I have been listening to this singer-songwriter’s music since I was five. Frankly, I am amazed that I had such a good taste in music as a little girl. The experimental and colorful tones of her music transport the listener to a different world. She sings with a husky yet clear voice that conveys so much emotion. Her lyrics about love and loneliness are powerful and heartbreaking.
Of course, as a five-year-old, I was too young to understand the aesthetics of good music. My parents simply conditioned me to like her music – in the lazy suburbs of Chapel Hill, North Carolina, where groceries, restaurants, schools and hospitals were spread far apart, they would play nostalgic 90s Japanese pop music in the car during the long rides. Utada just happened to be one of their favorites. I fell in love with her music because of one trivial reason: her English was perfect. In her Japanese songs, she would sprinkle English words and pronounce them flawlessly. This is not surprising because she was born and raised in New York City. Listening to her music as a little girl, I would marvel,
“Wow, she can speak both Japanese and English. Just like me.”
My parents immigrated from their native Japan to the United States, and I was born soon after their arrival. People often ask me what my first language was, and to be honest, I do not know. At home, my mother did everything she could to teach my sister and me both Japanese and English. She showed us videos of Japanese children’s music shows. She read American picture books to us. My mother was a naturally gifted teacher, and thanks to her efforts, we grew up as bilingual children.
Upon entering elementary school, I realized that I was living in two different hemispheres. At school, I would read, write, and talk to my classmates and teachers in English, but when I returned home, everything would turn into Japanese. These two hemispheres never overlapped. No one in my class spoke Japanese, watched Japanese anime, or listened to Japanese music. As a child, I felt lonely and believed that my world was a bit disjointed. But every time I listened to Utada’s music, she seemed to bridge some of those gaps. Just knowing that there was a singer who spoke both Japanese and English made me happy.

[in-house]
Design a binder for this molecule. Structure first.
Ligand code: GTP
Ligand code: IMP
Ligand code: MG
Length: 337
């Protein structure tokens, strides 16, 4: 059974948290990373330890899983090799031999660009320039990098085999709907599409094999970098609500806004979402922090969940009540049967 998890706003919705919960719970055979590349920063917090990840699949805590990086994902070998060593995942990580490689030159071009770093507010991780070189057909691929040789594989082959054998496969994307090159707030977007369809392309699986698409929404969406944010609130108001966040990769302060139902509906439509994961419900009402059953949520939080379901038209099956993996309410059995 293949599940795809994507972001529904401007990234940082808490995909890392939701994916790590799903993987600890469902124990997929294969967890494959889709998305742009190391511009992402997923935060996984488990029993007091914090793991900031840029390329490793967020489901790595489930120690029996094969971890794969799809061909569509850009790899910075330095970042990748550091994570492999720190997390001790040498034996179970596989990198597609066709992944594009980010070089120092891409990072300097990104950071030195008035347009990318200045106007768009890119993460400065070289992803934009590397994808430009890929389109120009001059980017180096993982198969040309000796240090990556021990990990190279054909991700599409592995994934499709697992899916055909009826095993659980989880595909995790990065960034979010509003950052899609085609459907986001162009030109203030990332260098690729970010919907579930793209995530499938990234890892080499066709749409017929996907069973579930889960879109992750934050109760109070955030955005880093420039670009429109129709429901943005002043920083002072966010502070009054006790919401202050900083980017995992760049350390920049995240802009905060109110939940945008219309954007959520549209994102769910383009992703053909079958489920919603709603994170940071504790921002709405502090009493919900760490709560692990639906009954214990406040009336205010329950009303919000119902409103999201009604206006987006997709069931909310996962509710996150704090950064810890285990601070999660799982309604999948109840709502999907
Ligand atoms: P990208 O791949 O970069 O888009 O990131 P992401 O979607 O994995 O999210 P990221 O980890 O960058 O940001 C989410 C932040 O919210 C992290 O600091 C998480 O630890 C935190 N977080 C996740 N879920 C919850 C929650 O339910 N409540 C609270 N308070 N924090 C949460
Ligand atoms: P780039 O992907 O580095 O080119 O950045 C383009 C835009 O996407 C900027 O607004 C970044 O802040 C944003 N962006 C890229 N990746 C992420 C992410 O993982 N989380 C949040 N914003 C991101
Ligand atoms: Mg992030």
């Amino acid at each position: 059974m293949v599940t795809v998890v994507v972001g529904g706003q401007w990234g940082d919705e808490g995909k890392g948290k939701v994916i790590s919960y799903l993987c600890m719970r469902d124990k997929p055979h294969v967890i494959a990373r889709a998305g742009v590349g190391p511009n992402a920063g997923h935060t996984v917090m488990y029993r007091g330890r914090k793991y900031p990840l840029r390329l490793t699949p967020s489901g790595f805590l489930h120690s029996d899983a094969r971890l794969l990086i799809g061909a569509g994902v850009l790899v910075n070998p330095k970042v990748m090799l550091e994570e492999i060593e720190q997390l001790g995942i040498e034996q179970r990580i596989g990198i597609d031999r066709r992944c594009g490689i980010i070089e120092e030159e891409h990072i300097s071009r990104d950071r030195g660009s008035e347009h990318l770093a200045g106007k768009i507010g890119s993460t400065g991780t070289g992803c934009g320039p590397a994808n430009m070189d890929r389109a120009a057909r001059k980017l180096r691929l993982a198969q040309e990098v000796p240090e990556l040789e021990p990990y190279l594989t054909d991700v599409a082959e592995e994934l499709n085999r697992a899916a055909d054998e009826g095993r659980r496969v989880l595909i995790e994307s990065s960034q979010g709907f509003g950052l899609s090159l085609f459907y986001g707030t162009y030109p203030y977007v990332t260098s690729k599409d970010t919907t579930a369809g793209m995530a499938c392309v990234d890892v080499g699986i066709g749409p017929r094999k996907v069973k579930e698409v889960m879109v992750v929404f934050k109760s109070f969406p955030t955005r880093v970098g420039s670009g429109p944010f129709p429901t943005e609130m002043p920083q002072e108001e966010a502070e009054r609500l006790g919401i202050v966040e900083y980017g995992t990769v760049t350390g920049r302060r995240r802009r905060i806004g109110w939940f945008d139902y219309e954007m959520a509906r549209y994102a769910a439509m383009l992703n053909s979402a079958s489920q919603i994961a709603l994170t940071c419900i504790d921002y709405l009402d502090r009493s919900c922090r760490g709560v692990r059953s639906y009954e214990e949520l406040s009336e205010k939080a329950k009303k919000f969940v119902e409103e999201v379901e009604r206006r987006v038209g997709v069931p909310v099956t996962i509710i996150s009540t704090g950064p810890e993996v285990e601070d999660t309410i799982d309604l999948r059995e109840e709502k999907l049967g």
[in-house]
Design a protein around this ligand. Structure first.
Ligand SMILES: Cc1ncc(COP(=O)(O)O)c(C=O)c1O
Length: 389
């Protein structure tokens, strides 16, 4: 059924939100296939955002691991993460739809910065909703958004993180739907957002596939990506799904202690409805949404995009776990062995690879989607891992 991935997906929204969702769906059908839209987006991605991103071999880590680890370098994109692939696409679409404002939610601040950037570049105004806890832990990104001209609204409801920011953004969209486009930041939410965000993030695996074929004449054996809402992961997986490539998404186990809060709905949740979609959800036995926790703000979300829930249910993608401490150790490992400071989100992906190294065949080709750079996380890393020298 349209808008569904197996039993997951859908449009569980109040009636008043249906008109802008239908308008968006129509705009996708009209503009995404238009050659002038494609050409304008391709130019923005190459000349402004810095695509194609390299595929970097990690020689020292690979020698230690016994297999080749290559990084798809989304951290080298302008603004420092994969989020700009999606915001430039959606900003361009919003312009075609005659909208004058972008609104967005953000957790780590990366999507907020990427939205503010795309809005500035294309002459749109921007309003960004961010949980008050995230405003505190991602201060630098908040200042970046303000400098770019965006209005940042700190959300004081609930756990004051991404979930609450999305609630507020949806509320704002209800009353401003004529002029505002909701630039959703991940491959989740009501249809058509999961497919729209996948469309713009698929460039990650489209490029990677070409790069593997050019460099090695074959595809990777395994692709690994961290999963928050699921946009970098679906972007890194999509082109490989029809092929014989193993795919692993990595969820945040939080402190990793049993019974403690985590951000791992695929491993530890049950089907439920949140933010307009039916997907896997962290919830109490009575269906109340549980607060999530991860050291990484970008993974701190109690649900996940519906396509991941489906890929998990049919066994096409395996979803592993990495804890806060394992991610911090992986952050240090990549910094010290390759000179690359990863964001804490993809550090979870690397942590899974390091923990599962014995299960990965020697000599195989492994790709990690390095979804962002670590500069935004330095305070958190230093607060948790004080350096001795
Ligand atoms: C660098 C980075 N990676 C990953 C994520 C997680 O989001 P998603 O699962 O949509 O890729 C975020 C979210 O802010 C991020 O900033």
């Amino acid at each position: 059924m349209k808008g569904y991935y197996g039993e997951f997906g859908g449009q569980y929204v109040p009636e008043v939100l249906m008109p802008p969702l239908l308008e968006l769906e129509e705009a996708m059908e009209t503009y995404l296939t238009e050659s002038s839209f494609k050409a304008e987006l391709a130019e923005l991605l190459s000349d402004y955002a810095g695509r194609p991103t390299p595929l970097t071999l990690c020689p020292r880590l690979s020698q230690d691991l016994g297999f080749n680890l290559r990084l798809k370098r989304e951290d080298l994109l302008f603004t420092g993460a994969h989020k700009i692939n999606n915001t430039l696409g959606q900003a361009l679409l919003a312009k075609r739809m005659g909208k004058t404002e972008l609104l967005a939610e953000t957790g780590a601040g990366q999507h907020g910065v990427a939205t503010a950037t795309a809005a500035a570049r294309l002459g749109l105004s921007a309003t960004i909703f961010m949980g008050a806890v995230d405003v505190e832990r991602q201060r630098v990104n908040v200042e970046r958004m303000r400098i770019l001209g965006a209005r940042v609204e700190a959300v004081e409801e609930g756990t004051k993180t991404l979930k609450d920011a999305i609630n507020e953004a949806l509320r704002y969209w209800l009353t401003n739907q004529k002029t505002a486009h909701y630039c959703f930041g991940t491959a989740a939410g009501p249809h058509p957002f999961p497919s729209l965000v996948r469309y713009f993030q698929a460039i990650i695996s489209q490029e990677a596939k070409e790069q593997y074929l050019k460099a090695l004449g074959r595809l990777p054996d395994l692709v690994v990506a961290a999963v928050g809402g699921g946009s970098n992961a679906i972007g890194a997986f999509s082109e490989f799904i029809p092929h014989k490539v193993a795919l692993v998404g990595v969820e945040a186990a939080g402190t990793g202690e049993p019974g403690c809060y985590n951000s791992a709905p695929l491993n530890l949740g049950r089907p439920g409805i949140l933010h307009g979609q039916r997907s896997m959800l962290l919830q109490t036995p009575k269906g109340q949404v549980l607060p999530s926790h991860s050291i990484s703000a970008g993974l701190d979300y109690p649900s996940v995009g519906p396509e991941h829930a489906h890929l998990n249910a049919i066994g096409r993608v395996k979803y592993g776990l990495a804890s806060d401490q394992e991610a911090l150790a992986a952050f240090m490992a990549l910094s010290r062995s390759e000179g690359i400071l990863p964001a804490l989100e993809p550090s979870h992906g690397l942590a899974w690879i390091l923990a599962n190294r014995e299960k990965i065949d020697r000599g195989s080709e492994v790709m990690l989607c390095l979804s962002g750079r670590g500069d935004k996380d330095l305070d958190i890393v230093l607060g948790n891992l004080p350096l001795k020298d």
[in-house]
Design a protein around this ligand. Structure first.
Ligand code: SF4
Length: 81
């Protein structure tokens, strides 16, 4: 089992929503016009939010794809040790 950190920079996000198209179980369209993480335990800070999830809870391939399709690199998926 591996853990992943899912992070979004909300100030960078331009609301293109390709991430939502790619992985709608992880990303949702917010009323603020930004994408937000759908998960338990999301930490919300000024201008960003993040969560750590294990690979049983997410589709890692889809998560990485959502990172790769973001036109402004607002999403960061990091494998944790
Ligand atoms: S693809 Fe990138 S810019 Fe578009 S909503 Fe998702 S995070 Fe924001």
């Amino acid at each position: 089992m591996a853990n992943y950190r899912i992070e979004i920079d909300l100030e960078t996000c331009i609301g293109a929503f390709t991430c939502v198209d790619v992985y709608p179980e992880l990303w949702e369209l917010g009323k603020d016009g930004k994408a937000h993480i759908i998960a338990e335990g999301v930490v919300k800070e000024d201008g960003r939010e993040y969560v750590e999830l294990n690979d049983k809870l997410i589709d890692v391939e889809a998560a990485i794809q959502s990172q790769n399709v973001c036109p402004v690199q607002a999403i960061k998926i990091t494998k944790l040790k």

I have grown up listening to her music, and now I realize that she is more than a bilingual. She is a genuine poet, and her lyrics always remind me that English and Japanese are beautiful languages. I recently revisited “Kremlin Dusk,” a song from her English language album, Exodus. These are some of the lines.
All along, I was searching for my Lenore.
In the words of Mr. Edgar Allan Poe.
Now I’m sober, and, “Nevermore.”
Will the Raven come to bother me at home?
I am a natural entertainer.
Aren’t we all holding pieces of dying ember?
I run a secret propaganda.
Aren’t we all hiding pieces of broken anger?
When I first listened to this song as a seven-year-old, for some reason I was fond of her passionate singing without fully understanding the meaning of the dark lyrics. As a college student, I have read “The Raven” and understand what “dying ember” and “broken anger” can mean. Now I realize that there is so much depth in the lyrics.
Despite her talent for writing songs, her English-language albums have not been commercially successful in North America, and she has focused most of her time on producing Japanese music. My favorite is 「嵐の女神 」, which means “Goddess of Storm.”
Goddess of Storm, you are too strong for me.
I’ve been on a roundabout journey many times,
looking for something to fill the gaps in my heart.
Why do we forget that
growing up, we’ve received so much love?
It’s not something to be given, but something to give.
Why did I keep waiting?
This song is about the struggles of growing up. As we strive to become adults, we encounter hardships and experience loneliness, and at some point, we realize how sheltered we were as children. Although the lyrics are tinged with sadness, they also convey hope– the speaker resolves to pick herself up and move forward.
I love how these emotions are put into Japanese words. There is no perfect translation for these lyrics because they are meant to be in Japanese. There is none for “Kremlin Dusk” either. That is how language works. For thousands of years, an isolated community of people develops the language. Using the language to express their ideas, the members invent new words, modify the syntax, and create idioms. As the result, the words, syntax, and idioms of that language reflect the unique cultural values of the speakers and often lack equivalents in other languages, and Utada’s lyrics are the best examples. Their themes are universal because anyone can relate to them. But the way she puts her ideas into words evokes the distinctive beauty of the language.
Languages have allowed Utada to experiment with myriad ways to express herself, and her talent has taught me that being bilingual should not be a lonely or disjointed journey. Her music reminds me how language connects people and how powerful it can be when well-crafted. There are not many other artists who understand two languages as profoundly as her.